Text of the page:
LDS Hymns



#91 Father, Thy Children to Thee Now Raise

Music & voice:
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Music only:
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Lyrics:

1. Father, thy children to thee now raise
Glad, grateful songs for thy love and grace,
For thy protecting and watchful care
Over thy Saints dwelling far and near;
Grateful to thee for the gospel light,
Which with its truth fills us with delight,
Glad that we’ve chosen the better part.
Songs of delight fill each grateful heart.

2. Oh, may our songs to thy courts ascend;
Pleasing to thee may our voices blend.
Lead us as thou hast the faithful led;
Feed us with knowledge and daily bread.
Let us not stray from the paths of truth;
Forgive the folly and faults of youth.
Father, accept thou the songs of praise
Which from our hearts unto thee we raise.

Text and music: Evan Stephens, 1854-1930

-History: (Source: Wikipedia)

Written By: Evan Stephens

Music By: Evan Stephens

Evan Stephens was a Latter-day Saint composer and hymn writer. He was also the director of the Mormon Tabernacle Choir for 26 years (1890–1916).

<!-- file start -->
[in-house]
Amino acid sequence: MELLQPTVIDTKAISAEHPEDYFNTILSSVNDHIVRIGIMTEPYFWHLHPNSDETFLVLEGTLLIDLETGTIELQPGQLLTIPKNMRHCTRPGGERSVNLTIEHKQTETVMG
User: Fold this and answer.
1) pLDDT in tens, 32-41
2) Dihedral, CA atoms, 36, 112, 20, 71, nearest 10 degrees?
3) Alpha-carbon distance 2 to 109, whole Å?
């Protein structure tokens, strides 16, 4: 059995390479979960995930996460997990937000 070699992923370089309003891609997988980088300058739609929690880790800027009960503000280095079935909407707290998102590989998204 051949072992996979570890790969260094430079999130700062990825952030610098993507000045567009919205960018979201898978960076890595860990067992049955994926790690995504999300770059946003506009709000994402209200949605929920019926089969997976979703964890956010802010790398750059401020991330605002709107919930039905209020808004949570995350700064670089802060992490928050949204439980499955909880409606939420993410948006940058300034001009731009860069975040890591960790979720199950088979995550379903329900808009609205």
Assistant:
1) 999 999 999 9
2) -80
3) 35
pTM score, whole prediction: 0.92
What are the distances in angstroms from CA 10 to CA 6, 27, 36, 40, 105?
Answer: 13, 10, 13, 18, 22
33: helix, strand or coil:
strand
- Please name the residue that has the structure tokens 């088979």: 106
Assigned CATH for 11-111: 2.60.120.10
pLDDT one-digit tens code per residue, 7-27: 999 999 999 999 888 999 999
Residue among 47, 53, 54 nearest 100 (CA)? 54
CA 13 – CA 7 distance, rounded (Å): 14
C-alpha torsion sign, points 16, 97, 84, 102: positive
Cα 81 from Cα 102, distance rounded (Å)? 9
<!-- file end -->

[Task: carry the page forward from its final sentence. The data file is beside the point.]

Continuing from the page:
In the 1927 English LDS Hymnbook there were 84 hymns written by Evan Stephens.

His 19 works in the 1985 English language edition of the Latter-day Saint hymnal are:

He wrote several other LDS hymns that do not appear in the 1985 edition of the hymnal.

Included among his works is “Utah, We Love Thee” (also sometimes referred to as “Land of the Mountains High”) which became the official State Song of Utah in 1937. In 2003 it was designated the official State Hymn, and a new state song was named.

Under Evan Stephens’ direction the size of the Mormon Tabernacle Choir increased from 125 members to over 300.

Stephens was also the director of the choir who moved it into the field of performing concerts and not just for religious celebrations.

For part of the time that Stephens was director of the Tabernacle Choir he held the title of president with two counselors, in a system of leadership similar to that used in LDS Church wards and stakes.

Stephens was also the first man employed as full time choir director. This occurred in 1895. Prior to this the director of the choir had been viewed as a part time office, who although given a stipend for his service was expected to earn his main employ by other methods. At this time the leaders of the church decided to make the position of choir director full time and doubled Stephens salary.


 




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